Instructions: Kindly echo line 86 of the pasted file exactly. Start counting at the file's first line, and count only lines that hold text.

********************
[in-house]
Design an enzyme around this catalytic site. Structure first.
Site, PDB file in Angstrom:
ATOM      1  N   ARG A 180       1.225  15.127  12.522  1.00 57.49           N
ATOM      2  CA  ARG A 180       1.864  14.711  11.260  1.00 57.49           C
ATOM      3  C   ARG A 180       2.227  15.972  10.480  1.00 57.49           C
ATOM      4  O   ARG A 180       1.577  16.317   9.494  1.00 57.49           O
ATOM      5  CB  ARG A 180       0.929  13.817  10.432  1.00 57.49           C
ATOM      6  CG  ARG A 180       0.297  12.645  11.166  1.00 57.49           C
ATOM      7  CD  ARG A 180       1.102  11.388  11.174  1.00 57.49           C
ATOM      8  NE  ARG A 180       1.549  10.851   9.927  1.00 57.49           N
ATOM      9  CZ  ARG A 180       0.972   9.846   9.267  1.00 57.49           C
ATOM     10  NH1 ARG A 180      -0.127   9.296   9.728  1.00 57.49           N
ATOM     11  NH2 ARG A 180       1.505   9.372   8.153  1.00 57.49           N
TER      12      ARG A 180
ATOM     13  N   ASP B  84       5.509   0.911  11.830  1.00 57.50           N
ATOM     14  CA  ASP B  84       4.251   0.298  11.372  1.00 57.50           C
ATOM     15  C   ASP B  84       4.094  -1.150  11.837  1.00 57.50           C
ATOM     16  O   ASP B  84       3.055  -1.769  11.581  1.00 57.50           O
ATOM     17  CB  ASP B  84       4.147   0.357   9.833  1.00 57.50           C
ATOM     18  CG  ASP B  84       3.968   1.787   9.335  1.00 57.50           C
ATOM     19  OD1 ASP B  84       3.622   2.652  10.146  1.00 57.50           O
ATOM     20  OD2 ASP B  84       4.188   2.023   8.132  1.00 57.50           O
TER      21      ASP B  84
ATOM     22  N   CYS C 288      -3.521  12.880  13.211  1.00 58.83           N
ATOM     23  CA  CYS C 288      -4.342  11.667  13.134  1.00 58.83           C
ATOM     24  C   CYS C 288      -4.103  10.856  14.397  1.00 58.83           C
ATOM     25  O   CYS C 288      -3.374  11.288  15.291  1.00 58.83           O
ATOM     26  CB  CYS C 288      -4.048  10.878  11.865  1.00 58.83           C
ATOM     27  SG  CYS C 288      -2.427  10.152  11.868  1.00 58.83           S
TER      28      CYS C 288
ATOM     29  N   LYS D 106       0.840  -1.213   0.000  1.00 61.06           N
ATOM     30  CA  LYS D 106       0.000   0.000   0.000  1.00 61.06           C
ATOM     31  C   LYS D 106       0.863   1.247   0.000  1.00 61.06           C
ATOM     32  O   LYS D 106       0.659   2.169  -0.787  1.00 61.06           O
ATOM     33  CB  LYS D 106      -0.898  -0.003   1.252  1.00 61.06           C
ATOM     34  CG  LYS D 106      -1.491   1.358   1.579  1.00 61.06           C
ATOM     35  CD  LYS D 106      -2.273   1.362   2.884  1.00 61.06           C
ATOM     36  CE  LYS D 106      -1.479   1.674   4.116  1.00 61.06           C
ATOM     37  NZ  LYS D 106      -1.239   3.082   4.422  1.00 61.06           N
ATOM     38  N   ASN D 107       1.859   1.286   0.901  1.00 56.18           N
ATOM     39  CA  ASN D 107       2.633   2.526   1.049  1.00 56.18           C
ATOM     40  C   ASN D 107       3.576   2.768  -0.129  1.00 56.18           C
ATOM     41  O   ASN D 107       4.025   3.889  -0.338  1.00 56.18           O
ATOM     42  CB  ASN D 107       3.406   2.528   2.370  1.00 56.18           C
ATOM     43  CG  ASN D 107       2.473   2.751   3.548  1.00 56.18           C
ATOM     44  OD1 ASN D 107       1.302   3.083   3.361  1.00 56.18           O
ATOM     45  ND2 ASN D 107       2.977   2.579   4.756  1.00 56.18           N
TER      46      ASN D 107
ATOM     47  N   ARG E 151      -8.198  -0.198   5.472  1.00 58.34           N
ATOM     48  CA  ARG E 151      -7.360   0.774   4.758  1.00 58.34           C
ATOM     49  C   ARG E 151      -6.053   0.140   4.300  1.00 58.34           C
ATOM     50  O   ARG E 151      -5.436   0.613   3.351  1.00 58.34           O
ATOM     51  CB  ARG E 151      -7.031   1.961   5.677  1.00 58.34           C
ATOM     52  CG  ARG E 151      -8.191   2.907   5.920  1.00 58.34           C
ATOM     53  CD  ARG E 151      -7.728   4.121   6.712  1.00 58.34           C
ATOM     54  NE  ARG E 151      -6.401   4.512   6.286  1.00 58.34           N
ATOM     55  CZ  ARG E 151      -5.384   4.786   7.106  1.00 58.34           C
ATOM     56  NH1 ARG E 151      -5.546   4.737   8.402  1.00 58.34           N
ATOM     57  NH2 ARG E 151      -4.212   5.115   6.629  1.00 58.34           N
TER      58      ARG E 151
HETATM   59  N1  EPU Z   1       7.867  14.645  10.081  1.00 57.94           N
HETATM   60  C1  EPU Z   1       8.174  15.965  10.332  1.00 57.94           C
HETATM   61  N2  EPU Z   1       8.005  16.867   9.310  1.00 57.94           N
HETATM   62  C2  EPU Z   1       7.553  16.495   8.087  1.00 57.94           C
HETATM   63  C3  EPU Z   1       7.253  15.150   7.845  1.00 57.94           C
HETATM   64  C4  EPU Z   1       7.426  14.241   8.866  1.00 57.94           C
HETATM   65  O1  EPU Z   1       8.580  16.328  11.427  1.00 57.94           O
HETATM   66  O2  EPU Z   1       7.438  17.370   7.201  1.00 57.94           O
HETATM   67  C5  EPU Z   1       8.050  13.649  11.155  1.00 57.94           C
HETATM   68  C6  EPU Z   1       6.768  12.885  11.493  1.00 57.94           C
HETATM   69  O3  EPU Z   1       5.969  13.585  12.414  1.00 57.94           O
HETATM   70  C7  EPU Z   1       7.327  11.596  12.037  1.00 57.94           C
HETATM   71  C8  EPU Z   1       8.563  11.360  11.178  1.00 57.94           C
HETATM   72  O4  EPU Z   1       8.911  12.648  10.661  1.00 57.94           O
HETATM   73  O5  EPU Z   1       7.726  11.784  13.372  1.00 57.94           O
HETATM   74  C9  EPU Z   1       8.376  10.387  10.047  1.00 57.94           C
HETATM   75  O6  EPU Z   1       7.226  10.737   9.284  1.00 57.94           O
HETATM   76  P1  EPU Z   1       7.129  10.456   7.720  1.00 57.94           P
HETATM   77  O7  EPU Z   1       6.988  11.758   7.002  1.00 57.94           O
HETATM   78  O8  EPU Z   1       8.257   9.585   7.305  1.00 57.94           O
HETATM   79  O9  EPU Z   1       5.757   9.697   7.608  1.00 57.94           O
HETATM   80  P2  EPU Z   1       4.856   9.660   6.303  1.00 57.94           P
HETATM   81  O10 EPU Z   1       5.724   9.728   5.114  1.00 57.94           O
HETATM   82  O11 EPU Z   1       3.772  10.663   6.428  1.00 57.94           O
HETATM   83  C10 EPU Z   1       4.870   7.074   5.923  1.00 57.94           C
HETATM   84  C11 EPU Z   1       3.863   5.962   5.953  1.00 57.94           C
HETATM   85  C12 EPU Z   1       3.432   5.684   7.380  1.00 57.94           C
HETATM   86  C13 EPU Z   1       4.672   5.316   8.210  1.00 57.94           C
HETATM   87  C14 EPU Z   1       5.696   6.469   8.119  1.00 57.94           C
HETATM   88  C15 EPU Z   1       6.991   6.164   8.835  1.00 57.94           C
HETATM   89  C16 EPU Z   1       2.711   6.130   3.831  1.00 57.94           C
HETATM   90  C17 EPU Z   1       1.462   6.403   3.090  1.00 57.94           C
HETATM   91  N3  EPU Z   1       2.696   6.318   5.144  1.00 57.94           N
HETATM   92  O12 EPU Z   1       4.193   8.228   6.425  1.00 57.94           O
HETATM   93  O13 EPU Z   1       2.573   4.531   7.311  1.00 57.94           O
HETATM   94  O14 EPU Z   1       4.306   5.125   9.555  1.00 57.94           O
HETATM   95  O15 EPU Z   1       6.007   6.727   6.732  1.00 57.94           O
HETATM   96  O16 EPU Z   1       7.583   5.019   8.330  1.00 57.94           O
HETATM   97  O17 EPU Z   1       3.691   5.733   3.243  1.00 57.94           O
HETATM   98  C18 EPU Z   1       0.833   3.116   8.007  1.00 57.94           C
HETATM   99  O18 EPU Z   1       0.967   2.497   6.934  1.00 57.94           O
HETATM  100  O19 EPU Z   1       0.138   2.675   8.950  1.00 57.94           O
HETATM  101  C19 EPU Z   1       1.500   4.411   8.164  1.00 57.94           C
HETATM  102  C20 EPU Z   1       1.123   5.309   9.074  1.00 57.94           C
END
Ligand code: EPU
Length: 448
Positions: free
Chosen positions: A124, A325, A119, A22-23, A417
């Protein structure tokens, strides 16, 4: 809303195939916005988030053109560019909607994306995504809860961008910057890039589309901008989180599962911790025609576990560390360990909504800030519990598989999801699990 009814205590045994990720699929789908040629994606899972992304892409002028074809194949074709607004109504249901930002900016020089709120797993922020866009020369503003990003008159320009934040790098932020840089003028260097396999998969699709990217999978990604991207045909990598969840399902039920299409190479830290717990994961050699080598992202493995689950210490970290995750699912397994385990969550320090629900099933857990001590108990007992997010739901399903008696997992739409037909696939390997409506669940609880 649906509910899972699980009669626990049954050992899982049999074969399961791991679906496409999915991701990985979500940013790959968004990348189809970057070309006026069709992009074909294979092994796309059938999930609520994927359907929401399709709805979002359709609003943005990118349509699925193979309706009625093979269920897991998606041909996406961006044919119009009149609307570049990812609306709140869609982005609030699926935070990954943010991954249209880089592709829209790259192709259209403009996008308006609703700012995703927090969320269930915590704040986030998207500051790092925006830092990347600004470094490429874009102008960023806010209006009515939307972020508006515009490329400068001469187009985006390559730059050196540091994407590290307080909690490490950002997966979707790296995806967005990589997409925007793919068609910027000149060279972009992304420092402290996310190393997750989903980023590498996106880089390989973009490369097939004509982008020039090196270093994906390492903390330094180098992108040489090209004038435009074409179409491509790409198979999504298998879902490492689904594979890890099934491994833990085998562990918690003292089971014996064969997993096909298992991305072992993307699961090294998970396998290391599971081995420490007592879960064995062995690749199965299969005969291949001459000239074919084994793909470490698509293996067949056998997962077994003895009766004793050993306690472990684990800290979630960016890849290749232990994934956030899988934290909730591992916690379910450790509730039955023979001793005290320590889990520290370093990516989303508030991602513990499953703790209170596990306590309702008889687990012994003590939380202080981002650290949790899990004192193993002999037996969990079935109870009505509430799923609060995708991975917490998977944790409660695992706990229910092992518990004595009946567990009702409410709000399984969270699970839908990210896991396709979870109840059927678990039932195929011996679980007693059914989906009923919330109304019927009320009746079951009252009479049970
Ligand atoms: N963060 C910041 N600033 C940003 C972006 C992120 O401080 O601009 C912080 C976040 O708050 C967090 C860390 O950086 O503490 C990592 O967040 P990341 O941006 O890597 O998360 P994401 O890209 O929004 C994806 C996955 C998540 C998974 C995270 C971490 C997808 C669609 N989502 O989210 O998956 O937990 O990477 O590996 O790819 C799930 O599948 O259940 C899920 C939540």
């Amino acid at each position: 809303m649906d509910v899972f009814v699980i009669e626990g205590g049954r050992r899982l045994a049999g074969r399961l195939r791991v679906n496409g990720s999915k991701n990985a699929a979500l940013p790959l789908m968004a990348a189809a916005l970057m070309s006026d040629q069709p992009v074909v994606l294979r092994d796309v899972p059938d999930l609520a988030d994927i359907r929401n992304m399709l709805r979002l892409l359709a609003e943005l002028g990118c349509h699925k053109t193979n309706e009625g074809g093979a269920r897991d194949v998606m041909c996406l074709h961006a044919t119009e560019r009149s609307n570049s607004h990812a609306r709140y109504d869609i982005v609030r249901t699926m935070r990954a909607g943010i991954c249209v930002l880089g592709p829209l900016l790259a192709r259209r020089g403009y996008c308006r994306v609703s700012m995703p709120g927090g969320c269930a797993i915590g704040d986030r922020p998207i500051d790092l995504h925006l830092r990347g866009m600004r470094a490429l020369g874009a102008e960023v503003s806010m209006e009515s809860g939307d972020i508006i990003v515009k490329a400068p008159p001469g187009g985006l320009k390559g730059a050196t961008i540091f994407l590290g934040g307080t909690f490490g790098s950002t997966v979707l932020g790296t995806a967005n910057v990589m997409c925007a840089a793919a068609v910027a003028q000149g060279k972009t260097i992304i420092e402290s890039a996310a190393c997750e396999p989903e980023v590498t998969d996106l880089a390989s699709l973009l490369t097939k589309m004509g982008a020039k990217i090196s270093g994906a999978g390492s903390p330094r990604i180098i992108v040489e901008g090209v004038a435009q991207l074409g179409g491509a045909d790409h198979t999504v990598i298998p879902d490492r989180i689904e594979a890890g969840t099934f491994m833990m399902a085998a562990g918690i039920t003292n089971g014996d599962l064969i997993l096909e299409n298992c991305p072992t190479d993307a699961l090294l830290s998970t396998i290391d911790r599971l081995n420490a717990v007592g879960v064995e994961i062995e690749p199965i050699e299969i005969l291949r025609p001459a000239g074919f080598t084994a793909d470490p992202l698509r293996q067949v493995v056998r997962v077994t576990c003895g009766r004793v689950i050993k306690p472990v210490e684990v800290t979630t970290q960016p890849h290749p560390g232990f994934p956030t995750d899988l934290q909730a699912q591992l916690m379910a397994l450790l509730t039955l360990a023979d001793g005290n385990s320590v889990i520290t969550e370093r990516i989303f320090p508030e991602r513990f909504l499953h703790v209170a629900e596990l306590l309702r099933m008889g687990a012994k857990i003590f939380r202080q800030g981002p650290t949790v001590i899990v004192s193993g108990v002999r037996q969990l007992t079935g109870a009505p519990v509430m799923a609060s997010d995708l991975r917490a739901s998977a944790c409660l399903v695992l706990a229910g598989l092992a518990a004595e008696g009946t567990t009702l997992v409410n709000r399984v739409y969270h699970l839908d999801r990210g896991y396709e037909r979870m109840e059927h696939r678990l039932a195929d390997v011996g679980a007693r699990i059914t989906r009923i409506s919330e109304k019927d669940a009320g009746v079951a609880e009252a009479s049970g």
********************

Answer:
HETATM   83  C10 EPU Z   1       4.870   7.074   5.923  1.00 57.94           C